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Wans Dyke


Sir Richard Colt Hoare tells us, was a barrier erected by the Belgæ against the Celts, and served as a boundary between these tribes. Dr. Stukeley says the original mound was added to by the Anglo-Saxons when they made it the boundary-line of the two kingdoms of Mercia and Wessex. It was also used by the Britons as a defence against the Romans, who attacked them from the side of Gloucestershire and Oxfordshire.

In its most perfect state it began at Andover, in Hampshire, ran through the counties of Berkshire, Wiltshire, and Somersetshire, and terminated in the “Severn Sea” or Bristol Channel. It was called Wodenes Dyke by the Saxons, contracted into Wondes-dyke, and corrupted to Wans-dyke, as Wodenes-dæg is into Wedʹnes-day. (See Wat’s Dyke.)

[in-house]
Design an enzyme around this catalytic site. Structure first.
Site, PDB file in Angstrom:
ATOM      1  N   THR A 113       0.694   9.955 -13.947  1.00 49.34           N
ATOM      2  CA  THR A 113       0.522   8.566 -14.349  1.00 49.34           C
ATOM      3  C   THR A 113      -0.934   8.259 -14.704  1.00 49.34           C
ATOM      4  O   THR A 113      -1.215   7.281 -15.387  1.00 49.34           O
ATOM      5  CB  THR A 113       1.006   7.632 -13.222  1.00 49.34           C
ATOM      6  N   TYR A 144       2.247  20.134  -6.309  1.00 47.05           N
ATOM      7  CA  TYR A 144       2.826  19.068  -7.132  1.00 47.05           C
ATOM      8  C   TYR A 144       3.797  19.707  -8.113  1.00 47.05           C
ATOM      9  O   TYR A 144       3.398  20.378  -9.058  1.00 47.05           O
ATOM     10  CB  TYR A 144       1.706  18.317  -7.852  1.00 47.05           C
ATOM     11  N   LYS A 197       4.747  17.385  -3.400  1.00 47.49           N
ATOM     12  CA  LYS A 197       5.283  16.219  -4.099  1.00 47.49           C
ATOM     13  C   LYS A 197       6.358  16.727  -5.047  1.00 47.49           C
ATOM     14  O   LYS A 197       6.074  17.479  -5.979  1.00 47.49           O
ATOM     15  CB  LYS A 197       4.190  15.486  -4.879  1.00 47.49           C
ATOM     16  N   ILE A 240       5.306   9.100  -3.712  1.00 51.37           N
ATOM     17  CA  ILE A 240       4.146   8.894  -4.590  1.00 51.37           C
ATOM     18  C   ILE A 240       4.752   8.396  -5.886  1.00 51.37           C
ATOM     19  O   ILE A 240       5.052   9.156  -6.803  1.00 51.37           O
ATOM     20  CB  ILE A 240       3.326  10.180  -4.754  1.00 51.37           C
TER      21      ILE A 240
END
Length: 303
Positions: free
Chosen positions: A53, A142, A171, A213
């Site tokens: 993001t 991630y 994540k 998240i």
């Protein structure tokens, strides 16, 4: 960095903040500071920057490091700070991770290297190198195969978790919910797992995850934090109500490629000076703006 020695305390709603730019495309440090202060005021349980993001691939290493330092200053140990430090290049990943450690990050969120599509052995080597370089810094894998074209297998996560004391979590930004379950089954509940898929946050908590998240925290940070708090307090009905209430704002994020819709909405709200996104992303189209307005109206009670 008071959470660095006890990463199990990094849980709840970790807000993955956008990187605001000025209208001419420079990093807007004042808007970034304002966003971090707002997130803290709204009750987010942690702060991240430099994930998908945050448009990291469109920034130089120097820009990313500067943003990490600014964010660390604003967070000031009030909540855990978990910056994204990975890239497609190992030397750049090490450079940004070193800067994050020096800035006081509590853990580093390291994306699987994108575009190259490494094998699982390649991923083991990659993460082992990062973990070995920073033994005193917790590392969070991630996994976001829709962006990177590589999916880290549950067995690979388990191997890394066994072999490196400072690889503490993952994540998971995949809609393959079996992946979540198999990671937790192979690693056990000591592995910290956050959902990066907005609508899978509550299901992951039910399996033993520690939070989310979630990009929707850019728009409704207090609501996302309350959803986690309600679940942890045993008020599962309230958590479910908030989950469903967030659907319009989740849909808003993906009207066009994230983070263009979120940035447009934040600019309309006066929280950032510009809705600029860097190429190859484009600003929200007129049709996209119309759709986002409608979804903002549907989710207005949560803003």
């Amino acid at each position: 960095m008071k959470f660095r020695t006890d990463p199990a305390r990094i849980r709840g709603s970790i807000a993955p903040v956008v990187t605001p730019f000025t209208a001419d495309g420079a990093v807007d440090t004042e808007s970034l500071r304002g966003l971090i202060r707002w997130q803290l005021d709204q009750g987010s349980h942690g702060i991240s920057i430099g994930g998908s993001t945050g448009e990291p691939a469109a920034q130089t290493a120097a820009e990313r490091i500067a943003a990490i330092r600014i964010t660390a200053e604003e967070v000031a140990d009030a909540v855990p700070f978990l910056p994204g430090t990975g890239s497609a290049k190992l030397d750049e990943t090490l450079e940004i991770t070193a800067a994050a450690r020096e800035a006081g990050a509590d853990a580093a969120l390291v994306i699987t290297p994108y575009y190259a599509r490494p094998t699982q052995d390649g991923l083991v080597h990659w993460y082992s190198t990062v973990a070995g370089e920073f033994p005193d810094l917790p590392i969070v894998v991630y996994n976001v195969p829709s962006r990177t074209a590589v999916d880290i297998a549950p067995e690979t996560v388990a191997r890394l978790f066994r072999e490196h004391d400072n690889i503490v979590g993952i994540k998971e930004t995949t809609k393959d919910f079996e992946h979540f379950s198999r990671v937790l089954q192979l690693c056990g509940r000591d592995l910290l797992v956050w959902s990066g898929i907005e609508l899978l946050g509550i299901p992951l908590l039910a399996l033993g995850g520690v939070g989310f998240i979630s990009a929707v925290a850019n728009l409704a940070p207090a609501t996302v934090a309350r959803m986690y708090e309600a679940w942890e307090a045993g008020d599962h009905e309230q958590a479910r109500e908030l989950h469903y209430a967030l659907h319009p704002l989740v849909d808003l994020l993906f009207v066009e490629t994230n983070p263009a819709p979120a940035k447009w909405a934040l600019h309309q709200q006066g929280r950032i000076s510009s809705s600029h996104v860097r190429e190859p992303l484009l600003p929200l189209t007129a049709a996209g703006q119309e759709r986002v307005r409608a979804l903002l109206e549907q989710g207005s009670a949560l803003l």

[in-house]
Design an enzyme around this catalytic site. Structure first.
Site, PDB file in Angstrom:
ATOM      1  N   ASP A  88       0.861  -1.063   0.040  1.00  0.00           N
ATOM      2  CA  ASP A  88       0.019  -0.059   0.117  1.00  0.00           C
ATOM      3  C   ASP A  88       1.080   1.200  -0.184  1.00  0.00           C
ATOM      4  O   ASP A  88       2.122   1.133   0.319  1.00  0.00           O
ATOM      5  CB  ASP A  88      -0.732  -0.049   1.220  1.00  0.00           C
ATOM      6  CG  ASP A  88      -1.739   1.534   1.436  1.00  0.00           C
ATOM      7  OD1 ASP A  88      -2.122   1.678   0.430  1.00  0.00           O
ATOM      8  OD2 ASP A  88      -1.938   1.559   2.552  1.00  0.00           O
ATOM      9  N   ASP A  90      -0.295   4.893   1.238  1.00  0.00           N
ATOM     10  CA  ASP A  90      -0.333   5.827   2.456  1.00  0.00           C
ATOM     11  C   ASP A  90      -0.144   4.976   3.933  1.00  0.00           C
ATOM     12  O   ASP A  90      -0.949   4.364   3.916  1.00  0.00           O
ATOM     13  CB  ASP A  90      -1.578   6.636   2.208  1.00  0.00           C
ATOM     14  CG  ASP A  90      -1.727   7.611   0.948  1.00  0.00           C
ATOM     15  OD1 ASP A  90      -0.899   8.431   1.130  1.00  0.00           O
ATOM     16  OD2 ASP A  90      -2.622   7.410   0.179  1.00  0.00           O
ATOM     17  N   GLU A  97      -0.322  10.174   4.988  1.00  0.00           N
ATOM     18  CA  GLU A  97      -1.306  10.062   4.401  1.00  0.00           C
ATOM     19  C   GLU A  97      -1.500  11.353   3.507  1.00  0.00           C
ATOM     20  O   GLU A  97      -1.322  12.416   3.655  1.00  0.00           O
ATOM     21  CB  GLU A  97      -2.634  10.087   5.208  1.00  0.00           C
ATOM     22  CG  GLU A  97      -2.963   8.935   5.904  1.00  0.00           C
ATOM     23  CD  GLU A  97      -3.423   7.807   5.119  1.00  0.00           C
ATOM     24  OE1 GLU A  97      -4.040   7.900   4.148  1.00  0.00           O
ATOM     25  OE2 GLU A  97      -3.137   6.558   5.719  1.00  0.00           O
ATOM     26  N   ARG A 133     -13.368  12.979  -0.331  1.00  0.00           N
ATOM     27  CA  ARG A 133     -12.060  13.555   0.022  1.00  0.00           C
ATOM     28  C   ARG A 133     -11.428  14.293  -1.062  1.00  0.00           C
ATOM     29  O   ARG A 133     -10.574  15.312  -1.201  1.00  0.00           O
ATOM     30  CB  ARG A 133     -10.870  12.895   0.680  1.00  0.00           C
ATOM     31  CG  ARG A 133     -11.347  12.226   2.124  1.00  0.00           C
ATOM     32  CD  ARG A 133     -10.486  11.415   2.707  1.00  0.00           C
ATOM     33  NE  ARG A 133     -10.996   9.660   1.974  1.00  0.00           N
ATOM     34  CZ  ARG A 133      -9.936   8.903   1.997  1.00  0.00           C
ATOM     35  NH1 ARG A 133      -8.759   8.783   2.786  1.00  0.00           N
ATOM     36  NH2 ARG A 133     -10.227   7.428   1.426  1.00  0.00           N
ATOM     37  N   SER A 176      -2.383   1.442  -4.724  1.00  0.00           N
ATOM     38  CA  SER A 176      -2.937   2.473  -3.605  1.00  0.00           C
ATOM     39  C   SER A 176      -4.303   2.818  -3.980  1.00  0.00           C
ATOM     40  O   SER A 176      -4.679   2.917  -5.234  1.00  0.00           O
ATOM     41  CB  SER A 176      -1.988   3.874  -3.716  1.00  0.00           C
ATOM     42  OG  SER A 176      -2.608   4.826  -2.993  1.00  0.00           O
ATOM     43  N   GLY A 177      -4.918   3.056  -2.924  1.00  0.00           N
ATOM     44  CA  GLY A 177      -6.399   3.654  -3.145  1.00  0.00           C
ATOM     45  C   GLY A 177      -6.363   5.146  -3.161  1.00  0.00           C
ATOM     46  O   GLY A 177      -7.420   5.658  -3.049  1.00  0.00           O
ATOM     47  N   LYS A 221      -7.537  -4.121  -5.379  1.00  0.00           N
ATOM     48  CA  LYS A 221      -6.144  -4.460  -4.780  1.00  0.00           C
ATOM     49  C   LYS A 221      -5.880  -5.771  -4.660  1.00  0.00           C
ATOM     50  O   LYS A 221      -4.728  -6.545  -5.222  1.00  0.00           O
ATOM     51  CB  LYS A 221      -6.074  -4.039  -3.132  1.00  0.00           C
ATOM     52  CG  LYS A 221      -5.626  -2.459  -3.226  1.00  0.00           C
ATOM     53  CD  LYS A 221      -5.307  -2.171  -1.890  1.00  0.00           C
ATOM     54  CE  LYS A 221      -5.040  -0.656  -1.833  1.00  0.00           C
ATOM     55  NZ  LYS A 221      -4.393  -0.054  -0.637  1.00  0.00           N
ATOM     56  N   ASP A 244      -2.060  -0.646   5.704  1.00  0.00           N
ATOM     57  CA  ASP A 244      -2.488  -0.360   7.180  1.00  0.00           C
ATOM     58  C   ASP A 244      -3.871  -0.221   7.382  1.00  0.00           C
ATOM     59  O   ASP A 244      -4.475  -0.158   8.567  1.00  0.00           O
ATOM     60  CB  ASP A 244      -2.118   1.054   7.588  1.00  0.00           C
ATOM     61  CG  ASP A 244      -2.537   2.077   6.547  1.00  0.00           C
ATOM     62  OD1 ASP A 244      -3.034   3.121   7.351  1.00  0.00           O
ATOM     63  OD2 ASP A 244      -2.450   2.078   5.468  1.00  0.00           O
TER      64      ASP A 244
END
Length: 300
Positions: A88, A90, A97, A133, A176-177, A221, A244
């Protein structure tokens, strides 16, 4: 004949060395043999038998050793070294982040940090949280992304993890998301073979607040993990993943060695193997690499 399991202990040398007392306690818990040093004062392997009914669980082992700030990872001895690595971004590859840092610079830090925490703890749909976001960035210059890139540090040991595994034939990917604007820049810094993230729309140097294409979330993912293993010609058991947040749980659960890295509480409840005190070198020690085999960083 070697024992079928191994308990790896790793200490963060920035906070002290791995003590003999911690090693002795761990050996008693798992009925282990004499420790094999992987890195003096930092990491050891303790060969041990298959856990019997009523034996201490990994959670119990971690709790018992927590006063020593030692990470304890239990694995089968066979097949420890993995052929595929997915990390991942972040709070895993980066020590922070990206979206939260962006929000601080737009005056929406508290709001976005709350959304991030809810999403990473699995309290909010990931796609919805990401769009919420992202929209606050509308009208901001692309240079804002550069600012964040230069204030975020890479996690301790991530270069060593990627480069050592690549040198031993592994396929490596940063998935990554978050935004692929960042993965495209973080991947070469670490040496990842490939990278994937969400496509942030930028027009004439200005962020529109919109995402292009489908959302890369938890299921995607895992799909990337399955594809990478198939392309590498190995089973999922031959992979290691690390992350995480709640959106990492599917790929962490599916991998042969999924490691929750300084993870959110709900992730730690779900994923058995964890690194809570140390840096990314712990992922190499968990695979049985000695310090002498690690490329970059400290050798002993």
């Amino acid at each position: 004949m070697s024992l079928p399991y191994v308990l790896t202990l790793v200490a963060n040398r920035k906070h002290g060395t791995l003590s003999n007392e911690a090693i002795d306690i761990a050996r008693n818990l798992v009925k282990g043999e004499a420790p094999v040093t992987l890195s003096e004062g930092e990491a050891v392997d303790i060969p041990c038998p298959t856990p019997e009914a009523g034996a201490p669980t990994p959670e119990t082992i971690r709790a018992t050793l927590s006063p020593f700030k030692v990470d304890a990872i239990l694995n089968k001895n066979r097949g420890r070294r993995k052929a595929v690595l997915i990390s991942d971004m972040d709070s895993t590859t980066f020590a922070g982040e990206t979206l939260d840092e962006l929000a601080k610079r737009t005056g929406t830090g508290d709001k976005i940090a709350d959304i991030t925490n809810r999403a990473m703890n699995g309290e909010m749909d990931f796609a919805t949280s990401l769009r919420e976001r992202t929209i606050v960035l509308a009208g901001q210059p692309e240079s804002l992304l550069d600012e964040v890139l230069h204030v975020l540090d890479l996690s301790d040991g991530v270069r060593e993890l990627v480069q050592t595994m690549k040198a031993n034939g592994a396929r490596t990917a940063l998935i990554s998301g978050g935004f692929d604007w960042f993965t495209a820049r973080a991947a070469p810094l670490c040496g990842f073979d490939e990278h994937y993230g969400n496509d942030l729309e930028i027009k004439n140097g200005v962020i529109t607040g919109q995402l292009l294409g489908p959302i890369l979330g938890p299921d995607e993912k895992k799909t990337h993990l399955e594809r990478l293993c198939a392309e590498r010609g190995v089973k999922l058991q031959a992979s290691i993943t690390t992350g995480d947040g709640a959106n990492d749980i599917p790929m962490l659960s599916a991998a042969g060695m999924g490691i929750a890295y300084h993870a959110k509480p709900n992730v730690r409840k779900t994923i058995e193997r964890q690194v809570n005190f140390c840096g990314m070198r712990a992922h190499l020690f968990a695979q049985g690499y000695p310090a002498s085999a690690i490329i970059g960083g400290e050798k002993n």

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Entry taken from Dictionary of Phrase and Fable, edited by the Rev. E. Cobham Brewer, LL.D. and revised in 1895.

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Walter Multon
Waltham Blacks
Walton Bridle (The)
Wan means thin
Wandering Jew
Wandering Willie or Willie Steenson
Wandering Wood
Wans Dyke
Want or Went
Wapping Great
War of the Meal-sacks
War of the Roses
Ward (Artemus)
Ward Money, Ward-penny, or Wardage

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Wat’s Dyke (Flintshire)